* HSI -0.5 pct, H-shares -0.2 pct, China shut for holiday
* Turnover hurt by worrying U.S. fiscal standoff
* Hong Kong indexes could be flat for the week
* China telcos sink on pricing policy uncertainty
By Clement Tan
HONG KONG, Oct 4 Hong Kong shares slipped early
Friday as investors took profit on the outperforming Macau
casino sector and uncertainty about Chinese policy on pricing
hit telecom counters.
Turnover was relatively subdued with the U.S. government
still shut. Fears that the world's largest economy could default
on its debt are rising, with an Oct. 17 deadline lurking.
At midday, the Hang Seng Index was down 0.5 percent
at 23,100.4 points, and was also off 0.5 percent for the week.
The China Enterprises Index of the top Chinese listings
in Hong Kong slipped 0.2 percent for the day and was flat for
Both indexes have corrected after rallying about 20 percent
from June lows to mid-September peaks. The Macau casino sector
led the rally and was again strong this week on
better-than-expected holiday visitor numbers from the mainland.
"There's some profit-taking on the Macau casinos today, but
with so much going on in U.S. at the moment, people will be
looking to playing the China game, which looks a safer bet for
now," said Alex Wong, Ample Finance's director of asset
Markets in mainland China reopen Oct. 8 after a week-long
National Day holiday. September money supply and loan growth,
due by Oct. 15, will kickstart a new batch of macroeconomic data
that could cement expectations for a modest stablization of
growth in the world's second-largest economy.
On Friday, Citic Pacific jumped 7.3 percent in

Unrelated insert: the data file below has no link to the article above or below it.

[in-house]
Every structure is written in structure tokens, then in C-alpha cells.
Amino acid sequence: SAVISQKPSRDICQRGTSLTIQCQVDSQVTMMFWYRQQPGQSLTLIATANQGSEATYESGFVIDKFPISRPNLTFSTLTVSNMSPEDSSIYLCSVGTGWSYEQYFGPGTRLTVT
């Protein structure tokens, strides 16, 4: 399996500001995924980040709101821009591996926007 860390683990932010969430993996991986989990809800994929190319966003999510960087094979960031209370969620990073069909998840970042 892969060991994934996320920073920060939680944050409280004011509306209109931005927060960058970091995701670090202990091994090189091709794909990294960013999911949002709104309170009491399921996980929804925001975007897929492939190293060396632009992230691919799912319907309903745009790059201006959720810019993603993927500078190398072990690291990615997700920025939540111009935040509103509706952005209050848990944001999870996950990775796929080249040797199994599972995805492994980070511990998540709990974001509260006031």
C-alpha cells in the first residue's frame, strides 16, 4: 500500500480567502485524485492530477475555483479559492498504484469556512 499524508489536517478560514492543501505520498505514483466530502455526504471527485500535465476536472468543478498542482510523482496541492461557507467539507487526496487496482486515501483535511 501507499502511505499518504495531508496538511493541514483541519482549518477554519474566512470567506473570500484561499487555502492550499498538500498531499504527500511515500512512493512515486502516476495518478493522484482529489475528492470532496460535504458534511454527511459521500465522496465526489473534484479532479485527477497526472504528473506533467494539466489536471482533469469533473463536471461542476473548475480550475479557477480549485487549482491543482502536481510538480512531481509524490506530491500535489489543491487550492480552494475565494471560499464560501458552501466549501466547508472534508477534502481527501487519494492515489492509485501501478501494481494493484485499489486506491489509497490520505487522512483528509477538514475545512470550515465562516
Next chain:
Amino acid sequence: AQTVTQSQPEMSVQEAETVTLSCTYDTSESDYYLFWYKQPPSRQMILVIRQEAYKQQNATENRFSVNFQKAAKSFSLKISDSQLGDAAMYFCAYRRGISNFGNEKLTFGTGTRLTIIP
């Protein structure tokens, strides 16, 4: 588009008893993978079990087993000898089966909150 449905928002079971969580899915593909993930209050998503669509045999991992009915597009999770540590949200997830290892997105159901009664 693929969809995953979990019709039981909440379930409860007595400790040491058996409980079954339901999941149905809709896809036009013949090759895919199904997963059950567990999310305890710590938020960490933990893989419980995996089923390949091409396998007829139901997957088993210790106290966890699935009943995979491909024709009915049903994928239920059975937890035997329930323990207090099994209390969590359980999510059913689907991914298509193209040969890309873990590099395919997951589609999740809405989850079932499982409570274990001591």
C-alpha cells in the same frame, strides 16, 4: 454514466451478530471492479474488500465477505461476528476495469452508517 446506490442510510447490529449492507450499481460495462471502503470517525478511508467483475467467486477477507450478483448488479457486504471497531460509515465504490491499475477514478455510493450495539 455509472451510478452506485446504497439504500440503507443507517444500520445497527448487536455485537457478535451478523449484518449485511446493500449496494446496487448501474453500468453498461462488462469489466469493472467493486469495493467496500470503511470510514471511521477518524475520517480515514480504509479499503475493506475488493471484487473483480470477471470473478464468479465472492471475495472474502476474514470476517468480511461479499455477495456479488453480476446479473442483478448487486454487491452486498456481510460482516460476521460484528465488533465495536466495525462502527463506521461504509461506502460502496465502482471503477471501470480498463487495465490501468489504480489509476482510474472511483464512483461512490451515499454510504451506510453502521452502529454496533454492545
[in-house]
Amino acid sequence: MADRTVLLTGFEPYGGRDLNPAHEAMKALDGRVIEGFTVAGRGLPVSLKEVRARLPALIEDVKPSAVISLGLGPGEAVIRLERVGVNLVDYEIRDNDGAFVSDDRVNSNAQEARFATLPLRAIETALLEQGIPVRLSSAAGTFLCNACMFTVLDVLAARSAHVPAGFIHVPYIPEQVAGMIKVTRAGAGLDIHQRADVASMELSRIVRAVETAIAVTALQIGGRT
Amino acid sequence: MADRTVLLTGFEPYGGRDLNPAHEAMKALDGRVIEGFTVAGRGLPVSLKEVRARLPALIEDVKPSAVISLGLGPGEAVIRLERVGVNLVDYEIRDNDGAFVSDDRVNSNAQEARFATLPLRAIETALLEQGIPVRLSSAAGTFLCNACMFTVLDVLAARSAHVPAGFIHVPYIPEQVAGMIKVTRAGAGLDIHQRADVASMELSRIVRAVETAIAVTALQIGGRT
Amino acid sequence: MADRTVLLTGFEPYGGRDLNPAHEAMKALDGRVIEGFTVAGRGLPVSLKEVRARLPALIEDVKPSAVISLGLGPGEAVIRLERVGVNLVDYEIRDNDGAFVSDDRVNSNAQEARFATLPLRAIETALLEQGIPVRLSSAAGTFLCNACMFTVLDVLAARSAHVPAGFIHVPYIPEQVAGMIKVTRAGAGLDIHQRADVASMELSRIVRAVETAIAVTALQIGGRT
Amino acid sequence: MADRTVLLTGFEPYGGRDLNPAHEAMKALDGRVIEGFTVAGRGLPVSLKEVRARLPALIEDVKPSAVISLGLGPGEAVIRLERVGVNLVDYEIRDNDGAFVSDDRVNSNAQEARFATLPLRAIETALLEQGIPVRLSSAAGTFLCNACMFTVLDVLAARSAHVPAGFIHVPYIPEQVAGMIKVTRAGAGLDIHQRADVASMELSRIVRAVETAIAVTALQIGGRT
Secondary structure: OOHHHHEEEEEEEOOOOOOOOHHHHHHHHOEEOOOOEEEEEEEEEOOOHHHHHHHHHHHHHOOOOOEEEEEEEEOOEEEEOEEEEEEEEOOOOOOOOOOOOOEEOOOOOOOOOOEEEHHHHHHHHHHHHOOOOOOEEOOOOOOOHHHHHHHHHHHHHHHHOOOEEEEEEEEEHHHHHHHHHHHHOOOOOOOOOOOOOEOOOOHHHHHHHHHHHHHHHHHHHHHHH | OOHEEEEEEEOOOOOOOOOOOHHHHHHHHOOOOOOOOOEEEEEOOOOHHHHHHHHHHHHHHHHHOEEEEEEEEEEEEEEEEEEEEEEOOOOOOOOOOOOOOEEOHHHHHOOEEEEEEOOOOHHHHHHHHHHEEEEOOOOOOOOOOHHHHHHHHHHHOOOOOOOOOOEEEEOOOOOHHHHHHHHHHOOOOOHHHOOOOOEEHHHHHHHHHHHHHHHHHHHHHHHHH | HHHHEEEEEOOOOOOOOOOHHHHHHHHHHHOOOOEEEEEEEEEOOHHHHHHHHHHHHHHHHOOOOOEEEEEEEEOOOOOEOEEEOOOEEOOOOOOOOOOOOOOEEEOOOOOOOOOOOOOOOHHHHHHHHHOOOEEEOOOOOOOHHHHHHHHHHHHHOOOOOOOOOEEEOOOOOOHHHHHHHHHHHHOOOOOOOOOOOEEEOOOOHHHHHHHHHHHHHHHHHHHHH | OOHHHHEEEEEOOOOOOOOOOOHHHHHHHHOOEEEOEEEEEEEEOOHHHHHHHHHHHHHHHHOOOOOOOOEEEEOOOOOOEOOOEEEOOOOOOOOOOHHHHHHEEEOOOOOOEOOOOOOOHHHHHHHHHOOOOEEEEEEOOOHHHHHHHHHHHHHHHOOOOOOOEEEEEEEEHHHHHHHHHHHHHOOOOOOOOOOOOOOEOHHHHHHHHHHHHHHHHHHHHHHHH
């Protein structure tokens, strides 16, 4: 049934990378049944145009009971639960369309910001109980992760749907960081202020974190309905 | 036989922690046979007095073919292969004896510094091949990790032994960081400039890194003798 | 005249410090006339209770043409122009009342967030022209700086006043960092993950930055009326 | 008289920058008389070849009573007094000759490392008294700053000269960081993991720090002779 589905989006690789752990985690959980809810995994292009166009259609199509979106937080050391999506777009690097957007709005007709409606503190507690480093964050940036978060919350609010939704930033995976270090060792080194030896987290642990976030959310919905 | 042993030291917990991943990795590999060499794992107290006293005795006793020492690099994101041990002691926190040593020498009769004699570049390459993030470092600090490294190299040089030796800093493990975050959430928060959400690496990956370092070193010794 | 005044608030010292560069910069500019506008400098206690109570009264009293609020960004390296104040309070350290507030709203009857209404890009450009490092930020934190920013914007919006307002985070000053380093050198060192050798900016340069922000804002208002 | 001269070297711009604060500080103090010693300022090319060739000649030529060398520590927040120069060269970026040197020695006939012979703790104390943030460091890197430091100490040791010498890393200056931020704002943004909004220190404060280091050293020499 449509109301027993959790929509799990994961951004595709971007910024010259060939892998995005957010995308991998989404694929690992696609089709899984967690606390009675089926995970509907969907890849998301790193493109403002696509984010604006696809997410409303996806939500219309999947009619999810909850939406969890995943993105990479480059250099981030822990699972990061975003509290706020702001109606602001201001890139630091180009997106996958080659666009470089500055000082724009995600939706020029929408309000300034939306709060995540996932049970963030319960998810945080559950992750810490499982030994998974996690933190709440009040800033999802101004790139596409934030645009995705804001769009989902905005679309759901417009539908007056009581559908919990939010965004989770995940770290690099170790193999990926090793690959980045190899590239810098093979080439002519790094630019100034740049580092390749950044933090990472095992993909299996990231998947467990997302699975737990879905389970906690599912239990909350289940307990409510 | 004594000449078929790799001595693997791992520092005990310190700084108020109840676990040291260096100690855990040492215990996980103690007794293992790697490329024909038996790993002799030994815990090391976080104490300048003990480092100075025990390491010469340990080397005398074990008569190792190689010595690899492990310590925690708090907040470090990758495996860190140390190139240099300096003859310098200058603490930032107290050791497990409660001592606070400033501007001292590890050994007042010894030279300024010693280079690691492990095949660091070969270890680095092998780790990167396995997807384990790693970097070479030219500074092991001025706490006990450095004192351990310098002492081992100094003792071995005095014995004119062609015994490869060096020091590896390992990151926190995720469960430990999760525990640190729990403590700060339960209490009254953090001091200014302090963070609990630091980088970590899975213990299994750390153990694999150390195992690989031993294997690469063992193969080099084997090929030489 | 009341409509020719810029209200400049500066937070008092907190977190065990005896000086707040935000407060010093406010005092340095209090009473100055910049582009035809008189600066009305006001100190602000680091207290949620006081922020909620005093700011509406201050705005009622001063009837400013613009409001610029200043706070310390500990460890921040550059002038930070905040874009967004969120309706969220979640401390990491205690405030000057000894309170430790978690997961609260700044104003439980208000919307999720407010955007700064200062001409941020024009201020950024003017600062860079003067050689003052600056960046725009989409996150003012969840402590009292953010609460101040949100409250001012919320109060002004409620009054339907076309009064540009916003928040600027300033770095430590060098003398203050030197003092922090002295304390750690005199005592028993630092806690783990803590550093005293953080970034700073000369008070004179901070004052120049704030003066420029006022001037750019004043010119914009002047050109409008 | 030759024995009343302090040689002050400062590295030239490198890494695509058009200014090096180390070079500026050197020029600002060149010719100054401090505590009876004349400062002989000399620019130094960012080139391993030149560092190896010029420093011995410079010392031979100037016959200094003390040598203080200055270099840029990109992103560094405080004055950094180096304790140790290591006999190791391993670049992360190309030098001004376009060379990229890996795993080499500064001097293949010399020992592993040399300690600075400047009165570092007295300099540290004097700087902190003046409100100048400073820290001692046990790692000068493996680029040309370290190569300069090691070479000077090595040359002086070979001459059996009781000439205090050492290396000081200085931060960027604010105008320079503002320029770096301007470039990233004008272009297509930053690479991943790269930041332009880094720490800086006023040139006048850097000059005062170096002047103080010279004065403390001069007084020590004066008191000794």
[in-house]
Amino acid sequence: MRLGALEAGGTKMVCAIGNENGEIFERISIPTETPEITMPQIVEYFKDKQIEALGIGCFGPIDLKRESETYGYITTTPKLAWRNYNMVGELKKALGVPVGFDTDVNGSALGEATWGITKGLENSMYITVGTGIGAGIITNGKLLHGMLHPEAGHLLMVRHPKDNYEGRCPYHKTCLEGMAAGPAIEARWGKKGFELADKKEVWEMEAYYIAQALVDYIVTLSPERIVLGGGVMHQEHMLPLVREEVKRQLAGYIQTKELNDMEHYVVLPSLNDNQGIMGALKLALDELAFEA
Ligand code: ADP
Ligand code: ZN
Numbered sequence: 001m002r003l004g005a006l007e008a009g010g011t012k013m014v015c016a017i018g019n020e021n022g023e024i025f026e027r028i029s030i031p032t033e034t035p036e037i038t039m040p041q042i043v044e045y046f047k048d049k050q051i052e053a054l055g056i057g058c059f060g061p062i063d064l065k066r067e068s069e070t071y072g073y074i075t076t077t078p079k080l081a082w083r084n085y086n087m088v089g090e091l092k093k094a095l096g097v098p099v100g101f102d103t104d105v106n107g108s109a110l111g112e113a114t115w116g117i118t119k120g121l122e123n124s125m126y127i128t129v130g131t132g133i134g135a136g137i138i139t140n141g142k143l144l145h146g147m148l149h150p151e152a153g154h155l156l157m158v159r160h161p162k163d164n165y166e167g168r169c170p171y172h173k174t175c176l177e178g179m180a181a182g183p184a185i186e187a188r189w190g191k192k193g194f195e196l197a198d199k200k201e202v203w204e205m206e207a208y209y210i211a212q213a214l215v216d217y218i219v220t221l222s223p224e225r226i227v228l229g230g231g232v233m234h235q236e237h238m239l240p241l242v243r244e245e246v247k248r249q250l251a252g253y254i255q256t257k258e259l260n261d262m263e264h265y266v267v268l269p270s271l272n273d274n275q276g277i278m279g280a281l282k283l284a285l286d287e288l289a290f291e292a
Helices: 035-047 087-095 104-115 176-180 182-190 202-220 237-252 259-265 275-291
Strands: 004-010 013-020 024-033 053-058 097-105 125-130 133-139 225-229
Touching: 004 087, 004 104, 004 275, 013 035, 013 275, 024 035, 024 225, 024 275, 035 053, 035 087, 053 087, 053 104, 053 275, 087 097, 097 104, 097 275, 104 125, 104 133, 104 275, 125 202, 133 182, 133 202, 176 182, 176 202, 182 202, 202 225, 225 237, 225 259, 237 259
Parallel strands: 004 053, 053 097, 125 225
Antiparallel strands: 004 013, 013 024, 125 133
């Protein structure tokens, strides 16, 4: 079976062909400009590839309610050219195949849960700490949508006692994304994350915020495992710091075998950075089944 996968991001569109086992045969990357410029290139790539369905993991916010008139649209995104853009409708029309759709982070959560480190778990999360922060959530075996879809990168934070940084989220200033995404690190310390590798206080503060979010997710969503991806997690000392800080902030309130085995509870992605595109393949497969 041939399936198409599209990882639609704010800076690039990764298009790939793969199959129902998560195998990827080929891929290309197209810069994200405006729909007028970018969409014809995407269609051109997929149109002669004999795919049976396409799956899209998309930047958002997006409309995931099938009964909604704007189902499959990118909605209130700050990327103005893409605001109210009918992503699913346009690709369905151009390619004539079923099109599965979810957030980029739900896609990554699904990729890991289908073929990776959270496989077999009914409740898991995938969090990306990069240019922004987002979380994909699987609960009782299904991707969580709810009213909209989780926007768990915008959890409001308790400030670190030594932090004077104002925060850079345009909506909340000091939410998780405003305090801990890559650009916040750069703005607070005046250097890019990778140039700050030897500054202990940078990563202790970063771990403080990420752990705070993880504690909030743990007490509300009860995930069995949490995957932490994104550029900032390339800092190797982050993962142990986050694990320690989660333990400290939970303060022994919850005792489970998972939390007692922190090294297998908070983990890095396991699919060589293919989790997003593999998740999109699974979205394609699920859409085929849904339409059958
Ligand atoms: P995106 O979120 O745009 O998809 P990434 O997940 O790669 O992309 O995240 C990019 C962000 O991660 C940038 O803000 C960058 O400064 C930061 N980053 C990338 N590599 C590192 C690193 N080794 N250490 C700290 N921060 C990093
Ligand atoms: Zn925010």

heavy volumes, which traders said reflected how long-only funds
were moving to increase stakes growth-sensitive counters.
Galaxy Entertainment tumbled 4.7 percent, while
Sands China sank 2.5 percent after both closed on
Thursday at record highs. Other Macau counters also suffered,
with SJM Holdings down 3.8 percent.
Shares of China Mobile, the country's largest
mobile operator, fell 2.4 percent to its lowest in a month after
local media reported the mainland's telecom regulator may reduce
interconnection fees, which would help its two smaller
While this could ensure fairer competition, the move is seen
hurting China Mobile's margins. Both China Unicom and China
Telecom said they have not received any notification of a policy
shift by regulators.
In a note to clients, Jefferies analysts said such a move
could lift profit for China Unicom by 27 percent and
for China Telecom by 29 percent, while causing a 5
percent decline for China Mobile.
Shares of Unicom and Telecom shed 1.1 and 2.2 percent
respectively. On Thursday, both surged about 8 percent as
investors chased afternoon gains after the reports of the
apparent fee change broke.